Sudan has gone to the dogs, but on the continent it has company

Saturday July 15 2023

Smoke billows behind buildings in Khartoum, as fighting between Sudan's warring generals intensified on June 4, 2023. PHOTO | AFP


“When Allah created the Sudan, Allah laughed!” is a joke I came across in Khartoum in the 1970s. It was about the punishing climatic conditions: The sun, characterised by searing heat — easily 45°C on a good day — plus the sand-bearing windy mirages you could actually see shimmering as they come towards you.

I doubt that joke can be applied to the tragedies that have beset that country through the past few decades, during which we have witnessed all manner of atrocities committed by rulers against their people, without the latter having a snowball’s chance in hell to extricate themselves from their tribulations.

For the past three decades, Sudan has been yoked into a bloody military dictatorship under Omar al-Bashir, who is still wanted by the International Criminal Court in The Hague for war crimes and crimes against humanity. Currently, while Bashir must continue living like the criminal he is, his successors are committing the self-same crimes for which he is being sought.

Read: Can Sudan conflict buy Bashir more time from ICC?

This week, reports of a mass grave in Darfur suggest that massacres are underway, smacking of attempted ethnic cleansing, the hallmark of the doings of the sinister Mohammed Hamdan Daglo, the same man responsible for the atrocities committed in Darfur on behalf of Bashir in the 1990s. Daglo was then head of the notorious thugs called Janjaweed. With Bashir out of power, Daglo is pitted against his supposed military chief in Khartoum, Gen Abdel Fattah al-Burhan, under whom he refuses to serve as deputy chief.

Obviously, these days there is no honour among thieves; each of them wants to be the kingpin, and their power struggle all too often escalates into an all-out conflict in which innocent civilians are the unwitting “collateral damage.” The more than 80 bodies discovered in a mass grave this past week give us reason to worry that many more people are being killed while the African Union seems to be jaded by the conflict and standing on the sidelines watching its navel.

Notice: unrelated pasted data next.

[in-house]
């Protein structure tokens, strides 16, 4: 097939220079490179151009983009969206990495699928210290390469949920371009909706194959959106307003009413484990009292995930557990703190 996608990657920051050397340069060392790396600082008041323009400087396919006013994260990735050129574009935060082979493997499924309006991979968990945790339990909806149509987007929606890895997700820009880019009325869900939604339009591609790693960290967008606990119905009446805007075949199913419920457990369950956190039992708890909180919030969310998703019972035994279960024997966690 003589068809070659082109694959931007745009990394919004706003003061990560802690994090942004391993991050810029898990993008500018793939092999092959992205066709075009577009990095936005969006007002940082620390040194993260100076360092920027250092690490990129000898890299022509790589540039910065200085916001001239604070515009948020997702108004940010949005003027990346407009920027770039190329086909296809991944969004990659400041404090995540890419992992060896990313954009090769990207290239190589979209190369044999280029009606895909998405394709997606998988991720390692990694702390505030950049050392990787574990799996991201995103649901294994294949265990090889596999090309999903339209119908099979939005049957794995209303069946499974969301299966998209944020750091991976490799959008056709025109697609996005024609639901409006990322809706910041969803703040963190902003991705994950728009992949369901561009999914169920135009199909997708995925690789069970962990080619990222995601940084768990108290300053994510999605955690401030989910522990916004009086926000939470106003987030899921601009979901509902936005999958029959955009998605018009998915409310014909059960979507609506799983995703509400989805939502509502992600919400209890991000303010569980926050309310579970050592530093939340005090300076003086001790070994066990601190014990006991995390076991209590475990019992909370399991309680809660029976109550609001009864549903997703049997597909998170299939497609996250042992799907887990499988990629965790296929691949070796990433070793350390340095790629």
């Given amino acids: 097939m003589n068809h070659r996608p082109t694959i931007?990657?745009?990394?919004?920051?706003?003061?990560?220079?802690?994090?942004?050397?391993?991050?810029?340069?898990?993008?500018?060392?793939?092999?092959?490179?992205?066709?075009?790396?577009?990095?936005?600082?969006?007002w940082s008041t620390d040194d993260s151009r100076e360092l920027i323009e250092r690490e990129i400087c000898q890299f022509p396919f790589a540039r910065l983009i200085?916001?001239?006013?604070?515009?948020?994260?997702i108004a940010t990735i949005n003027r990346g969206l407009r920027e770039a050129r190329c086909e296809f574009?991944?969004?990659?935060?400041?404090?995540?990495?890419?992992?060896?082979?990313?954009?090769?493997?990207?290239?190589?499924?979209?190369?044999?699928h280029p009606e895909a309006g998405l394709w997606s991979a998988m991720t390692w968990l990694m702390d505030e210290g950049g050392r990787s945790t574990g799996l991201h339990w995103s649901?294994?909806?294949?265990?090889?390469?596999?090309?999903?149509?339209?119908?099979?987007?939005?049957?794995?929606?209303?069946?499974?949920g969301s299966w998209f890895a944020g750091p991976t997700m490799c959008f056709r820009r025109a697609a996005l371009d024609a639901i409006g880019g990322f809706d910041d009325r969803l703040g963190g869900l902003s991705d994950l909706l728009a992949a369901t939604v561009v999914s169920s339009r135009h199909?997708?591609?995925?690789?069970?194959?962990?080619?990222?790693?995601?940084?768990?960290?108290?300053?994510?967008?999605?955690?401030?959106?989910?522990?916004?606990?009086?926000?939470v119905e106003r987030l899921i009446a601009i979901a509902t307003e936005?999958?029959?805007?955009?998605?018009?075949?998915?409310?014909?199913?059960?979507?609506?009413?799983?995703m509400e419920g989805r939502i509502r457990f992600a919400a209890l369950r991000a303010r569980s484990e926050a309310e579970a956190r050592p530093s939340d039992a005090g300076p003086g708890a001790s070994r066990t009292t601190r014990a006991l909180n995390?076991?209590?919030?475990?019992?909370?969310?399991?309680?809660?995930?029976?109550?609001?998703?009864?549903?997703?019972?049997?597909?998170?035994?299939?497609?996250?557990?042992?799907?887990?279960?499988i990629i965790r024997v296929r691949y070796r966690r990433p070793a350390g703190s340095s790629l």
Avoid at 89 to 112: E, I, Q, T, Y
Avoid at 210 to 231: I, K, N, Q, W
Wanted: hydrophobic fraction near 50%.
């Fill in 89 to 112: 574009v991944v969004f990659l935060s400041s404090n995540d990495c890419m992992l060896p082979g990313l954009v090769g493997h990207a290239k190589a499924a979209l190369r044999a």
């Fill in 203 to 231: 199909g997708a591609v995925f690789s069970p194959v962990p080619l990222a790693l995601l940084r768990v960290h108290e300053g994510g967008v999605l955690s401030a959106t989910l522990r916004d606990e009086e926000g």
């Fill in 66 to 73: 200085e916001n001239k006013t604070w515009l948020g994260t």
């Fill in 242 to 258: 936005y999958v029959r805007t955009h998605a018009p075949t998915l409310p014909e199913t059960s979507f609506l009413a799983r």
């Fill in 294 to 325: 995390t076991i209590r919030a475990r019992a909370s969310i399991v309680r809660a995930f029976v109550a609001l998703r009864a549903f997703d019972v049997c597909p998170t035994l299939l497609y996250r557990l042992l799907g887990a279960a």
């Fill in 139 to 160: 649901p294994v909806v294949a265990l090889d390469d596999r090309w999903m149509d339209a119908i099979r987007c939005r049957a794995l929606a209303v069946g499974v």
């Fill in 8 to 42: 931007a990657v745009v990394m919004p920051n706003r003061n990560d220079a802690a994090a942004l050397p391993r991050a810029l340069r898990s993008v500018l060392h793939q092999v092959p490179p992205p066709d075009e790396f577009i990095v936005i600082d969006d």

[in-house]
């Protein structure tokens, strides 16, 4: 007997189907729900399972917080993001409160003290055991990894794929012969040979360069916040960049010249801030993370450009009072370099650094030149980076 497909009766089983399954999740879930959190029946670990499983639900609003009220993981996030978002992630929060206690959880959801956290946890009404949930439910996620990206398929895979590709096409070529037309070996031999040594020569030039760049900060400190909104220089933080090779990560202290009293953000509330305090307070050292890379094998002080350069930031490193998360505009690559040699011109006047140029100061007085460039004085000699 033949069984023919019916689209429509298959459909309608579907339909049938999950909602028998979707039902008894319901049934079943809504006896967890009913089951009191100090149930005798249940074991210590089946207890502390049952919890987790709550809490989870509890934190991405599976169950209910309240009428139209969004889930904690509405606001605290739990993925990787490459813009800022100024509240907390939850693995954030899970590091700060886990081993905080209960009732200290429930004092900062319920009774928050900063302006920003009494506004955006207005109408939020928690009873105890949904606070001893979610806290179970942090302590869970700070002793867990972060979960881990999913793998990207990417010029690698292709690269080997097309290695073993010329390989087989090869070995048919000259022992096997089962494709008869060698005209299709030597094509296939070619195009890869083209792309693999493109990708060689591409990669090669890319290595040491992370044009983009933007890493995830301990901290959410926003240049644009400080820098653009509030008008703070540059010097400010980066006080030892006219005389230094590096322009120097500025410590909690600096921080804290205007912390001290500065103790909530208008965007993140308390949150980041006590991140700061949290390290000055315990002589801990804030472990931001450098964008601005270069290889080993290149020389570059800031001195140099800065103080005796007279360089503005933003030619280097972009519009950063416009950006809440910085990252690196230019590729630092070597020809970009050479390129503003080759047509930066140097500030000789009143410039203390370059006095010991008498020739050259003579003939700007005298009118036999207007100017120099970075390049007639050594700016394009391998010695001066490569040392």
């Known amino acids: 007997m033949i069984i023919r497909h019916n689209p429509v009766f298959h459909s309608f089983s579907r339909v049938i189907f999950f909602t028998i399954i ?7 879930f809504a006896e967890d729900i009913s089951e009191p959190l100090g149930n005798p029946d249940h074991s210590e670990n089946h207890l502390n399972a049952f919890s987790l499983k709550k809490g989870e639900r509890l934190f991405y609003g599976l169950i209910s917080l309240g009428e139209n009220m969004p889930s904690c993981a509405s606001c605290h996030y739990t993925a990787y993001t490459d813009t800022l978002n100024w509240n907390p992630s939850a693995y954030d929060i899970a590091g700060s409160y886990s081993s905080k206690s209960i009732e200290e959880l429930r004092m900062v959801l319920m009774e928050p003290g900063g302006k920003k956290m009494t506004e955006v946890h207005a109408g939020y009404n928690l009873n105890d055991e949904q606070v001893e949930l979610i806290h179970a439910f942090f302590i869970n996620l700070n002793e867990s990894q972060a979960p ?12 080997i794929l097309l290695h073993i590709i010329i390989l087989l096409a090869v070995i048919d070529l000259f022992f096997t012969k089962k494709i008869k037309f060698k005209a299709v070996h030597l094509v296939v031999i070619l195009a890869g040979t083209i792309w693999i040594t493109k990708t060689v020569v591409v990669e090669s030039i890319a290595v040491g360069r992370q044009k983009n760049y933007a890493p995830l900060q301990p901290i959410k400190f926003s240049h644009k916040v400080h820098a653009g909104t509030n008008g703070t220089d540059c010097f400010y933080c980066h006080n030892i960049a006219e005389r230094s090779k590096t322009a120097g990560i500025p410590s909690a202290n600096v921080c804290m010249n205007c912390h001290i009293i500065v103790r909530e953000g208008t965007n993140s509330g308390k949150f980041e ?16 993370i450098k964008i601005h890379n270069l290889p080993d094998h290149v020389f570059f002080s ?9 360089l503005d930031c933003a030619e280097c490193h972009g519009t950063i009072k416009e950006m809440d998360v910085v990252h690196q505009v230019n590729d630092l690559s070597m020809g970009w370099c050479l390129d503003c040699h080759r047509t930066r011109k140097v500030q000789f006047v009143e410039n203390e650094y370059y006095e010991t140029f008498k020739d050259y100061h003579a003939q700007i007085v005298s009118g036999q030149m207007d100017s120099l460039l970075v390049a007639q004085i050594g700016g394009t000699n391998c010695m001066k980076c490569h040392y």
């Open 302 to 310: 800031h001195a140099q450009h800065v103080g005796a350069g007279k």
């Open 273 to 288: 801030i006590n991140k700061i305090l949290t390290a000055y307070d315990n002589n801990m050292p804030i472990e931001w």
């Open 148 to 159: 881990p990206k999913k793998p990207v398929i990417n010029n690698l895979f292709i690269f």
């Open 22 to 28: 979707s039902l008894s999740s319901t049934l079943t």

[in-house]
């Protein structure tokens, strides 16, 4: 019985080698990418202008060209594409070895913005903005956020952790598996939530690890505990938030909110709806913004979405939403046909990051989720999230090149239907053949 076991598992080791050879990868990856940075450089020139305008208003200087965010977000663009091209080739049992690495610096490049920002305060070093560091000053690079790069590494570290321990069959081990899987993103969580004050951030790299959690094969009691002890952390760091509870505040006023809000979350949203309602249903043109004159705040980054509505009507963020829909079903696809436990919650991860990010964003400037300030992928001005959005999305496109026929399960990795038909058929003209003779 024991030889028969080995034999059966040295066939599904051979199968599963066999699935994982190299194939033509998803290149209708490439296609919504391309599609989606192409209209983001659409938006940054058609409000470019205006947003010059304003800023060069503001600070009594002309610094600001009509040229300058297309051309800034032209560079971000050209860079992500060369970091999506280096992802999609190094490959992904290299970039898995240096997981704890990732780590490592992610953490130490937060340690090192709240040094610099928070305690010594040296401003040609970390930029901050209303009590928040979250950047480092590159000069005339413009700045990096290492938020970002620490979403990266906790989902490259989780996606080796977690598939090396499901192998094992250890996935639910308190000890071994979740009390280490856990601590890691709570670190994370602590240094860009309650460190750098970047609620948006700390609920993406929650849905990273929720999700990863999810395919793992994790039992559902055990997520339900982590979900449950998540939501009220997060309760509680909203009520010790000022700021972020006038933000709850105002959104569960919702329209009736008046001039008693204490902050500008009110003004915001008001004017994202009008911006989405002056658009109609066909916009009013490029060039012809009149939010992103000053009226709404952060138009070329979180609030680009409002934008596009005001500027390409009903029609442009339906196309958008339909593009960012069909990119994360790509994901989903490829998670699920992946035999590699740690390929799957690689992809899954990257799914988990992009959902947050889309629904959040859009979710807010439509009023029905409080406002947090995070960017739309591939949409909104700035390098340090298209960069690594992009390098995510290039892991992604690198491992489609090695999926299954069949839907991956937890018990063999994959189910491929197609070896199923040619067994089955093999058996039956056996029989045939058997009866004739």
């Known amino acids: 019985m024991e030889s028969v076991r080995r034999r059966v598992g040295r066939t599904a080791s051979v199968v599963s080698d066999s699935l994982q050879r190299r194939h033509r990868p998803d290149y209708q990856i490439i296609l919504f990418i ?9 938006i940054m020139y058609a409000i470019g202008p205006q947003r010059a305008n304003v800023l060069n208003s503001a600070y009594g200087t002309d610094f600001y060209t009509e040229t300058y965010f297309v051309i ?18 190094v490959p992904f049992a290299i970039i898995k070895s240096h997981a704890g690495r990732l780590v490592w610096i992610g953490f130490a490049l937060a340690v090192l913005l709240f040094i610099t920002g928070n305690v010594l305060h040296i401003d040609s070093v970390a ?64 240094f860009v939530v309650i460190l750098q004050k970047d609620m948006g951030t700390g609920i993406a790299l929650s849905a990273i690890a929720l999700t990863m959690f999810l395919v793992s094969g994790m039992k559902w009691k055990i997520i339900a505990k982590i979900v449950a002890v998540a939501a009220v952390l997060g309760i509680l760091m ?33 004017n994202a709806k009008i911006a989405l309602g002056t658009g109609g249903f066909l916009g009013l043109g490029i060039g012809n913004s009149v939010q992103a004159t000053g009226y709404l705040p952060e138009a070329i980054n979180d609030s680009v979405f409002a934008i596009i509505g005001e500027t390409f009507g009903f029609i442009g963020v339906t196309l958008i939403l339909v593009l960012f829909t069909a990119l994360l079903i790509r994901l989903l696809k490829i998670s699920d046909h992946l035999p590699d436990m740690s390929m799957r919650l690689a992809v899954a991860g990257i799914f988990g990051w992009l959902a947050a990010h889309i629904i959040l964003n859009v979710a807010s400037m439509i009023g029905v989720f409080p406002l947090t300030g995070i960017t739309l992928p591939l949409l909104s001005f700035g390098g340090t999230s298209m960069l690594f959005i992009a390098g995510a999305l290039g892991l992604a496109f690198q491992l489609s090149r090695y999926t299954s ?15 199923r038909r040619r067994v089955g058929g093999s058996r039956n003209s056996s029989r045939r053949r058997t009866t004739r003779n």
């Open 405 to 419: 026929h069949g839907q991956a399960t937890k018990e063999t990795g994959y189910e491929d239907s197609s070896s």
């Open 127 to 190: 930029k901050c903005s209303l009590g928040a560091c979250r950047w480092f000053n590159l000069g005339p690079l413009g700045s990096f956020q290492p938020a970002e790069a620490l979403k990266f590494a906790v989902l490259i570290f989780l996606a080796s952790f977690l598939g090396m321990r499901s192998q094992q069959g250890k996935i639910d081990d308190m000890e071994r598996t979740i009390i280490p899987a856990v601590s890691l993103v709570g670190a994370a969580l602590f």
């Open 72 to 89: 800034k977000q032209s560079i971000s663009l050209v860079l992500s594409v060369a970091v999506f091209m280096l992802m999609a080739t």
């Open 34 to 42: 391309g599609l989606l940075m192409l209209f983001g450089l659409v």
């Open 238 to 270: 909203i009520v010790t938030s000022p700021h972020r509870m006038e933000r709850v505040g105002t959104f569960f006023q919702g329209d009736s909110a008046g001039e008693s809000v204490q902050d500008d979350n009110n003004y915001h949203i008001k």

It speaks to the ineffectiveness of the continental organisation, which has not been able to rise to the occasion to face up to the soldier boys who usurp power by the force of arms and go on to kill, steal and rape as they like. The suffering people in such situations must be wondering what things like the AU are good for if they cannot exert any influence on these military thugs.

Read: AU seeks to tap the influence of civilian groups in Sudan peace

The unfortunate truth — which is rarely spoken — about the atrocities committed in the Sudan is the racism that permeates the various conflicts in that sub-region, where Black people are considered by their Arab compatriots as inferior.

I sincerely believe it is a problem worth spending time on, because papering over it only exacerbates the situation in the various countries where the phenomenon is widespread. The AU harbours in its midst many countries in which whole groups of people of a darker complexion are treated as second-class citizens.

We recently witnessed what happened in Tunisia regarding the issue of immigrants swarming the country in their “desperado” attempts to cross the Mediterranean into Europe, but soon we were exposed the deep-embedded feelings of racism and xenophobia among the Tunisians.

This problem is real and has been felt by the hundreds of young people who have found themselves on the trek across the desert into North Africa in search of a life that their own countries have not been able to give them. Just as they are treated as undesirables in North Africa, so are they seen as disposable by the “Arab” elements in Sudan and regularly harassed, raped and killed.

Recently, we have heard little about action by the ICC regarding crimes against humanity on the continent, and it cannot be because such crimes have subsided, no. The reason might be a lot of previous action by the international court has not received any significant cooperation from the rulers of our countries, and that is obviously because they themselves fear that one day they could be dragged before the same court. As they say, the turkey will not vote for Christmas!

Read: ICC opens new probe into Sudan violence

It thus behoves our civil society — what little of it remains — on the African continent to keep track of what is happening and what it means and entails in the conflicts engulfing us, fully aware that they are not lessening either in their frequency or their intensity.

As I always say, all African countries can be put in three categories: Pre-conflict; In-conflict; and post-conflict, pre-conflict again. This is because our rulers have learnt precious little in governance values, and every day we realise that democratic principles are being eroded with frightening regularity. It is as if the anti-democratic forces on our continent have formed a mutuality to afford each other mutual support and solidarity in the “scratch-my-back” fashion.

That is why I firmly believe in the strength of civil society, in sync with what remains of political goodwill, to raise our collective voice, to denounce the crimes committed in Sudan and everywhere else.